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I have a class that contains a boost::shared_array member. The other members are not dynamic - just a bunch of ints, no pointers. I would expect that the default copy constructor for such a class would be fine.

This is my assumption:

  1. Let's say I have an instance of this class, orig.
  2. orig's shared_array member has a reference count of 1.
  3. Now I create a copy of orig:

    copy = orig;

  4. I now expect both copy and orig to have shared_arrays that point to the same underlying memory, each with a reference count of 2.

Is the above correct?

I'm intimidated by various people who warn against the default copy constructor when there is a boost::shared_* member - but I can never find an explanation why the default would/could be bad. For example, here's a comment by someone who says an explicit copy/assignment should be defined, but no explanation why:

Can someone clarify when a copy constructor and assignment operator need to be defined for a class that contains boost::shared_* (shared_array and shared_ptr) members?

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Technically, the default copy constructor is correct. However, it creates only shallow copy instead of a deep copy. But most people expect that copies are deep, i.e. independent of the original objects. – nosid Apr 9 '13 at 20:30
Thanks nosid. Just for clarification, are you saying that my understanding from the example I gave is correct? Regardless, I encourage you to flesh this out a bit more in a reply as I'll upvote your answer if it's helpful. – firebush Apr 10 '13 at 15:57

1 Answer 1

up vote 1 down vote accepted

The following class uses the Pimpl Idiom in combination with a shared_ptr:

class location
    struct impl
        double _latitude;
        double _longitude;
    std::shared_ptr<impl> _impl;
    location(double latitude, double longitude)
        : _impl{new impl{latitude, longitude}}
    { }
    void move_to(double latitude, double longitude)
        _impl->_latitude = latitude;
        _impl->_longitude = longitude;
    // ...

The code compiles and works. However, there is a strange behaviour:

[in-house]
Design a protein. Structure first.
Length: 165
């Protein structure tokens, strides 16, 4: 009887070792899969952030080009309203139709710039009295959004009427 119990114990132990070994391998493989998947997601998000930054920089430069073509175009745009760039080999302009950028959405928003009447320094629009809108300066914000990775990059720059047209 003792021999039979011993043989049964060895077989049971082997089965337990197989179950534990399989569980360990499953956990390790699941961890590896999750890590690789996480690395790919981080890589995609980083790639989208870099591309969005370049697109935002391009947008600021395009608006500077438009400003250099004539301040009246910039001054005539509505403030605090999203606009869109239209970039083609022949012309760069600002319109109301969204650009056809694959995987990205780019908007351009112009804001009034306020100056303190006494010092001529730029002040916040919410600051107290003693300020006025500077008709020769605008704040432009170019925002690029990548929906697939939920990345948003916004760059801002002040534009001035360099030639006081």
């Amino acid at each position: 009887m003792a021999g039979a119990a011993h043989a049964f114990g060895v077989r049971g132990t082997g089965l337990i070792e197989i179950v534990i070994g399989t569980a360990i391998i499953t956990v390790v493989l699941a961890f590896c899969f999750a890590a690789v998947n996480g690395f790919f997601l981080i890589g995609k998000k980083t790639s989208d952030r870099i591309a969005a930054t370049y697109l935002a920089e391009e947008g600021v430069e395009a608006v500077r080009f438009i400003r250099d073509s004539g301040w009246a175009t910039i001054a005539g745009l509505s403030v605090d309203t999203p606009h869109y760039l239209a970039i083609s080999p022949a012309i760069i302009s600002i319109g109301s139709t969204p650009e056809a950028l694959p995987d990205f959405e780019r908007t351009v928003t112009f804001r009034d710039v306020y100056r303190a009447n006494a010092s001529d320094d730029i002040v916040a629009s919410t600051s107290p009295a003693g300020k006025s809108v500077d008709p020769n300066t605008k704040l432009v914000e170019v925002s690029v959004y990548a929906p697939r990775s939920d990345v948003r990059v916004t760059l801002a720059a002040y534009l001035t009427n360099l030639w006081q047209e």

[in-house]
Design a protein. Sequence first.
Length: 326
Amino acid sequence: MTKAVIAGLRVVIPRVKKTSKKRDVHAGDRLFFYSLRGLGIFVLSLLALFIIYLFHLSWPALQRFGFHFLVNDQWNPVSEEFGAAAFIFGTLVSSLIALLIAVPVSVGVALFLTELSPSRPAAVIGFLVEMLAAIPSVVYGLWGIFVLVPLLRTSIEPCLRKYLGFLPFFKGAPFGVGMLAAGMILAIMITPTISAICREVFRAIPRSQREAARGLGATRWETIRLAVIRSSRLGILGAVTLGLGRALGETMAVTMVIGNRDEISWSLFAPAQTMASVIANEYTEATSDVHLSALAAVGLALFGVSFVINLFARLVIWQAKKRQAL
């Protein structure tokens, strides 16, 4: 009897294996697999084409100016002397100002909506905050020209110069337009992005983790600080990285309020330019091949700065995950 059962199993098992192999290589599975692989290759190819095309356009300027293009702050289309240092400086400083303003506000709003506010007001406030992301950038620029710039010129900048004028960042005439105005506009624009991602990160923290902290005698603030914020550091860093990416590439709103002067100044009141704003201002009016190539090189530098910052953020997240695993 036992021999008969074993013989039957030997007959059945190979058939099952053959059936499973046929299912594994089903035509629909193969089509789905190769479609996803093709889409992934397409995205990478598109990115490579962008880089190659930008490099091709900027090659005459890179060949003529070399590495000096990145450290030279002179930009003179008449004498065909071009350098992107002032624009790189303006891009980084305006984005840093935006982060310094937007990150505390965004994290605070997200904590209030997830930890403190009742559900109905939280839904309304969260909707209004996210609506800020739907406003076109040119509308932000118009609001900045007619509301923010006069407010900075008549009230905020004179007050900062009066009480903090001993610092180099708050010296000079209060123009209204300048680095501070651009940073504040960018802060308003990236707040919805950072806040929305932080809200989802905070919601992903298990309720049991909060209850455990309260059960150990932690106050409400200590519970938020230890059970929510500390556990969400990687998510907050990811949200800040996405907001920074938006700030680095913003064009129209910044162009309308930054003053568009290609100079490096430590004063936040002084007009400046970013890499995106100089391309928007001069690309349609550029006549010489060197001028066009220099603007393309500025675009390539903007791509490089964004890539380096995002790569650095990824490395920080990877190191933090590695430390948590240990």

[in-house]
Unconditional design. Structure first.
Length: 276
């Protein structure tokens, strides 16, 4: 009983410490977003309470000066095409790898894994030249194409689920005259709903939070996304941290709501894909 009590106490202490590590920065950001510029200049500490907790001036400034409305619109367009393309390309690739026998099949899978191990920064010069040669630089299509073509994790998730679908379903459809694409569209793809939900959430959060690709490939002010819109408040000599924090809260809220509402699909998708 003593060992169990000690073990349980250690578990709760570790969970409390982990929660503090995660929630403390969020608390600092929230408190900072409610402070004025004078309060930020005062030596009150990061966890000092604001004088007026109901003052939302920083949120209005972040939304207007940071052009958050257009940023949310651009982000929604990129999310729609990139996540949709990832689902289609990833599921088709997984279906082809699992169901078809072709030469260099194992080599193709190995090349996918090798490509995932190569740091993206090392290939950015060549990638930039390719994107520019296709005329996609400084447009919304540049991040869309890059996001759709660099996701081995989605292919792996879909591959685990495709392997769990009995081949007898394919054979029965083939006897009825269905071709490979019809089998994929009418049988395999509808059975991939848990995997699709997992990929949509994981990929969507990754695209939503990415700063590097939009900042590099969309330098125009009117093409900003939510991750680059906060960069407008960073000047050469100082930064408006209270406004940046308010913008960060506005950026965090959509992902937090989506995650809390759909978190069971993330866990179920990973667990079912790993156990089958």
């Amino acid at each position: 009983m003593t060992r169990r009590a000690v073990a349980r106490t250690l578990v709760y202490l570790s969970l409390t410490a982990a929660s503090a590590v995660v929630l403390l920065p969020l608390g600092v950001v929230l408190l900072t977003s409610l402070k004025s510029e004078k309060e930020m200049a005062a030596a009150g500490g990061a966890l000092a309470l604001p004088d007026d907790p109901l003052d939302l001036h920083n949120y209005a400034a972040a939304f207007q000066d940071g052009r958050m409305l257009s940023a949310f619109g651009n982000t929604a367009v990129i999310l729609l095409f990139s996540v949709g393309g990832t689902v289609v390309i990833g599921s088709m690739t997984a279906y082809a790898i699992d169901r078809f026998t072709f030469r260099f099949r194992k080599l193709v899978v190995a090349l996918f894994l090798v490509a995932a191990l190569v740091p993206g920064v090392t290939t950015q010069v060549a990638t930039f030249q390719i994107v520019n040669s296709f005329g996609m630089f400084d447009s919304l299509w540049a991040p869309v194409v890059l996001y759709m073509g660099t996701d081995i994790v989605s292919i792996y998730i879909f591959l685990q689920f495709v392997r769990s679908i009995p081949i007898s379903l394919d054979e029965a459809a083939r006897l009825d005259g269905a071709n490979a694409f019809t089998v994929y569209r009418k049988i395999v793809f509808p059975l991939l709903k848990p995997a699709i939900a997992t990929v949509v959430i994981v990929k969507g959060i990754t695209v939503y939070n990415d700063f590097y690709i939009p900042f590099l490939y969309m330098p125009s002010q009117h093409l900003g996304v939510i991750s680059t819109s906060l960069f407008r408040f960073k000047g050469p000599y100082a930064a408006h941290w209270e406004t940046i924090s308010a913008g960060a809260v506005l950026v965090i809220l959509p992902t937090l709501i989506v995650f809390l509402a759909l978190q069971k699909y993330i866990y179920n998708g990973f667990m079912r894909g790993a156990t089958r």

location london{51.51, 0.12};
location paris = london;
paris.move_to(48.86, 2.35);
std::cout << "London: " << london << '\n'; // prints 48.86/2.35

Changing the copy of an object also affected the original object. In this case, it is better to use std::unique_ptr instead of std::shared_ptr, because we would have been forced to write our own copy constructor.

There are also cases in which the behaviour of std::shared_ptr is desired. Let's add a member variable metric that will be used to calculate the distance between two locations (because there might be different strategies for calculating distances):

    std::shared_ptr<metric> _metric;
    double operator-(const location& rhs) const
        return _metric->distance(*_impl, *rhs->_impl);

In this case a std::shared_ptr works perfectly, because the metric is not part of the perceived state of the location, and there is no way to change the metric.

share|improve this answer
Very good, thanks! Answer accepted. In addition to your comment, I make explicit that in both of your examples the "safety" associated with shared_ptr is not compromised even though the common resource is shared. That is, london and paris will have the pointer deleted when both fall out of scope and not before. The question, as you demonstrate, is whether this shallow copy of the shared memory location is desired or not. – firebush Apr 13 '13 at 2:56

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